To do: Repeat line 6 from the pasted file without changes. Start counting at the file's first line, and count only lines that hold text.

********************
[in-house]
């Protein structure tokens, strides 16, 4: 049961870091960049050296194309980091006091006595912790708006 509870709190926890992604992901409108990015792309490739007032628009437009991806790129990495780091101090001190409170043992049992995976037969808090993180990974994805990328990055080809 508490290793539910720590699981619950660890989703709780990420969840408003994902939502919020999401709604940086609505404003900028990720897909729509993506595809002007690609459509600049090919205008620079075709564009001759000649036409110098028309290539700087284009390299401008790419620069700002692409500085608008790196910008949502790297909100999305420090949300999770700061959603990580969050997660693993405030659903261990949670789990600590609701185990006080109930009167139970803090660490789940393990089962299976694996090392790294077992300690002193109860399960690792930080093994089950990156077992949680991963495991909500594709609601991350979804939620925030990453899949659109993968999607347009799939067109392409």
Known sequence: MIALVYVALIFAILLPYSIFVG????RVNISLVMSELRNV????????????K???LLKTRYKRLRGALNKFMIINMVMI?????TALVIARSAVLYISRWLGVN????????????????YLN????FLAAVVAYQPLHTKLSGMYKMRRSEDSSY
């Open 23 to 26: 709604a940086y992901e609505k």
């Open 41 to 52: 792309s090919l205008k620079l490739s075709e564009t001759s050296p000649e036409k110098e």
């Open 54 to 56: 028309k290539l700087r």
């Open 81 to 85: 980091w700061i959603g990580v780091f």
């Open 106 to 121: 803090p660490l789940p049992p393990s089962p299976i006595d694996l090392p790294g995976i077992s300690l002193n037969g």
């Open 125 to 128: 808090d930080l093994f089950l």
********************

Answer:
């Open 54 to 56: 028309k290539l700087r």